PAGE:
What will it take to bring peace to the Middle East, and stop the conflict between Israel and Palestine? Create two countries.
That's what Leonard Nimoy is saying, the man best known for his green-blooded, pointy-eared Vulcan Spock in the original "Star Trek" series and a number of movies that followed. He says the two-state solution -- which is not necessarily embraced by Israel -- "is still critical in this region for both Israel and the Palestinian people," he wrote in an open letter to Americans for Peace Now.
The 80-year-old actor, who himself is Jewish, said the constant blame game is "self-defeating," and reminded him of the classic "Star Trek" episode "Let That Be Your Last Battlefield."
"Tow men, half back, half white, are the last survivors of their peoples who have been at war with each other for thousands of years," Nimoy said. "Yet, the Enterprise crew could find no differences separating these two raging men.
"Assigning blame over all other priorities is self-defeating. Myth can be a snare. The two sides need our help to evade
the snare and search for a way to compromise."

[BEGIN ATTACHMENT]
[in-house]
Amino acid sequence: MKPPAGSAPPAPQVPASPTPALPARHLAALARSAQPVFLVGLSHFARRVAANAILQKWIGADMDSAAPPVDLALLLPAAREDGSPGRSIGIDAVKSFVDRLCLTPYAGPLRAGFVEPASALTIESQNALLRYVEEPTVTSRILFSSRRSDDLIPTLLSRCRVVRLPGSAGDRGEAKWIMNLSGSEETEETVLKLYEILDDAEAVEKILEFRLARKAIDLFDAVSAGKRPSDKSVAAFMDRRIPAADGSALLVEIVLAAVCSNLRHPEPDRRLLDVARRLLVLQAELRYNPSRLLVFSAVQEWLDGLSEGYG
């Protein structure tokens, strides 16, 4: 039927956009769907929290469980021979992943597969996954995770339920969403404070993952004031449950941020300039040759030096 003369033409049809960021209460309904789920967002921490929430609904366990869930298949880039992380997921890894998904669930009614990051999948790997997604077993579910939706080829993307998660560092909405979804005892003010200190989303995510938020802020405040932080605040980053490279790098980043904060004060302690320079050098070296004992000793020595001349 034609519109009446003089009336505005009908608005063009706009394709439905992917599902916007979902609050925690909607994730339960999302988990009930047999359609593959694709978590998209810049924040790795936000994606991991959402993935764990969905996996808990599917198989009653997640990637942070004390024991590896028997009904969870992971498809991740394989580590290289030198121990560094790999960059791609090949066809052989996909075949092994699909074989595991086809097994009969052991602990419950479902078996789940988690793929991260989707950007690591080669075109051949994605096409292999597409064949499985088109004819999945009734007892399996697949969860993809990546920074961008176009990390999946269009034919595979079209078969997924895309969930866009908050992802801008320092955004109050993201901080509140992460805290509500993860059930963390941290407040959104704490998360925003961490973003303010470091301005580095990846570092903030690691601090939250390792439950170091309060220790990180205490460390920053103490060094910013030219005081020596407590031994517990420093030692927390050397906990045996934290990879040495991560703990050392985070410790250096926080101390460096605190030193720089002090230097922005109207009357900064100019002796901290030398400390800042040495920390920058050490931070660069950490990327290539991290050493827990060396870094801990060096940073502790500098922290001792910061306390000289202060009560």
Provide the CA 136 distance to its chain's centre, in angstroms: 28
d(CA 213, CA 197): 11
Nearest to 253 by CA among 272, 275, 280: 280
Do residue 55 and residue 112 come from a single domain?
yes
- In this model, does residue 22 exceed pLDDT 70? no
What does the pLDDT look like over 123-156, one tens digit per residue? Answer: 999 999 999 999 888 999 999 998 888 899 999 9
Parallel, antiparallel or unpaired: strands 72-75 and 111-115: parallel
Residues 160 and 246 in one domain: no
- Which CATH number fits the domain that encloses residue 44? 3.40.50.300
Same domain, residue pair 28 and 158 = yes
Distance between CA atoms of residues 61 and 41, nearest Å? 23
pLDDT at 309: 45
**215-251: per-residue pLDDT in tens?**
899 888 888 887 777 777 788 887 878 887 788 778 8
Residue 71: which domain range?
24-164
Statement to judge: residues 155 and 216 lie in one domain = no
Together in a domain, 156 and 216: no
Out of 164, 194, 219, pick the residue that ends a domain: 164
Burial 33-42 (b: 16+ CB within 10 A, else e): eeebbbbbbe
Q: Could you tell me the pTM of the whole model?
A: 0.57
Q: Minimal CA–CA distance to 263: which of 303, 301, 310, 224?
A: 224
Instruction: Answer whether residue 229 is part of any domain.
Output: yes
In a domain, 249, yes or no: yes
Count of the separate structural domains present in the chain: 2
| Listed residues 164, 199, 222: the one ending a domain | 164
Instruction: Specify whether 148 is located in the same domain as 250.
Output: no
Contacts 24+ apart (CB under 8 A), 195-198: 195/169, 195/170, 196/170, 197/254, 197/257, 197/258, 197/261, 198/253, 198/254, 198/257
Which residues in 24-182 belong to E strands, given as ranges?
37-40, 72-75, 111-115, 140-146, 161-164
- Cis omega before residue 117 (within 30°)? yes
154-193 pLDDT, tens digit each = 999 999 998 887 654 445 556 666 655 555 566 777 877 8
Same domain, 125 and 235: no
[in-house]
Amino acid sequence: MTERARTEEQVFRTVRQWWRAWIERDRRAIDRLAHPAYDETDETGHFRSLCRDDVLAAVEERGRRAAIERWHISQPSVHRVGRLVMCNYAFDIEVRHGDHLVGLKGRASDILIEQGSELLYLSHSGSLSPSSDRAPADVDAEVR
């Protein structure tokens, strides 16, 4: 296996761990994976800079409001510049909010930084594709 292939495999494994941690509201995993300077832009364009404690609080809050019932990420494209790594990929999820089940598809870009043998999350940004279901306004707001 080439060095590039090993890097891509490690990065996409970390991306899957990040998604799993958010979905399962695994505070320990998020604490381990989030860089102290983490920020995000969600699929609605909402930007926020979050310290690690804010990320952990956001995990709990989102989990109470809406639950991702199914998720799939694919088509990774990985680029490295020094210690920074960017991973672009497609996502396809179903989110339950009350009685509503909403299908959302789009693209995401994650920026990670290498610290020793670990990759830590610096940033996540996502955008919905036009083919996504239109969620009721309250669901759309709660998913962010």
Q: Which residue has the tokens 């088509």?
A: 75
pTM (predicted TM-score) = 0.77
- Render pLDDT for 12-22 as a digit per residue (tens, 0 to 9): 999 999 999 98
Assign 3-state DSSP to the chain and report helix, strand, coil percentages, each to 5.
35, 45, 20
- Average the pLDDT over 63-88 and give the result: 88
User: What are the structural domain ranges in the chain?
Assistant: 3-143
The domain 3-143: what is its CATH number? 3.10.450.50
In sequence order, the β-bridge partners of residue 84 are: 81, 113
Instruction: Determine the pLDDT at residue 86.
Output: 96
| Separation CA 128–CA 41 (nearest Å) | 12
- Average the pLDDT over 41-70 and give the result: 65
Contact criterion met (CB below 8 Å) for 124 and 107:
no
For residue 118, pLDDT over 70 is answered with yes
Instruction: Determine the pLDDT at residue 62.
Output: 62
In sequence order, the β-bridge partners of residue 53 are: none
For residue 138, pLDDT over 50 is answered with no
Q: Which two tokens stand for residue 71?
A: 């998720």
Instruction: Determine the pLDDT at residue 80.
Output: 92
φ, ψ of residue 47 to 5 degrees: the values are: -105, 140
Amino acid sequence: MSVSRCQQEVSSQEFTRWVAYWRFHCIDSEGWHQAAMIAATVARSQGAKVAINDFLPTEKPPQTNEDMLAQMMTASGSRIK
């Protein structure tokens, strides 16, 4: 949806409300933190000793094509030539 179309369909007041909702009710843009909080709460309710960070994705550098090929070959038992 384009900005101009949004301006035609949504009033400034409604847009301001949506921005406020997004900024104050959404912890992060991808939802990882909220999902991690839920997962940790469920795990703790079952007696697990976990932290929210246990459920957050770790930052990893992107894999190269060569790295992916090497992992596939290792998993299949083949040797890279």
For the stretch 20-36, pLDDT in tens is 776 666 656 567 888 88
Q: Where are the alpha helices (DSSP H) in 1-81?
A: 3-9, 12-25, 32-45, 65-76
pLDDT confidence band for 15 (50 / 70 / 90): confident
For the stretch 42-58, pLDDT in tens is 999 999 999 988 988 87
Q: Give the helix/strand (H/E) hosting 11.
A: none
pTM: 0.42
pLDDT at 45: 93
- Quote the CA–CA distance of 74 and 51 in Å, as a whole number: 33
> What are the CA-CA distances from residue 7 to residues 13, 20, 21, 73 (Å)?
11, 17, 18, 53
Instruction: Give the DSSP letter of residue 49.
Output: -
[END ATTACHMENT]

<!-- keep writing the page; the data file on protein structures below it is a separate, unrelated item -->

That episode of "Star Trek" appeared in the show's troubled third season as one of the few highlights. It was written by Gene L. Coon and Oliver Crawford. Crawford, who retired in 1985, died in 2008 at the age of 91.
Nimoy is stepping into a very volatile debate, but certainly not one he can't handle. This is the same man, remember, who declared to the world that "I Am Not Spock" in a book, and later wrote a sequel proclaiming "I Am Spock."
The actor made it clear he was not belittling the debate by comparing it to a fictional work. However, he did feel that with the help of the United States, both sides could find a way to bring security and prosperity to the region. That, of course, is not too far off from Spock's famous good-bye of "live long and prosper."
Nimoy came out of retirement briefly in the last few years to appear in the 2009 franchise reboot "Star Trek" as well as the J.J. Abrams Fox series "Fringe." He has since re-entered retirement, although he did play an animated version of himself in a "Fringe" episode last season. That earned both him and the episode "Lysergic Acid Diethylamide" from writers Jeff Pinkner, J.H. Wyman and Akiva Goldsman, nominations in the 2011 Portal Awards from Airlock Alpha.
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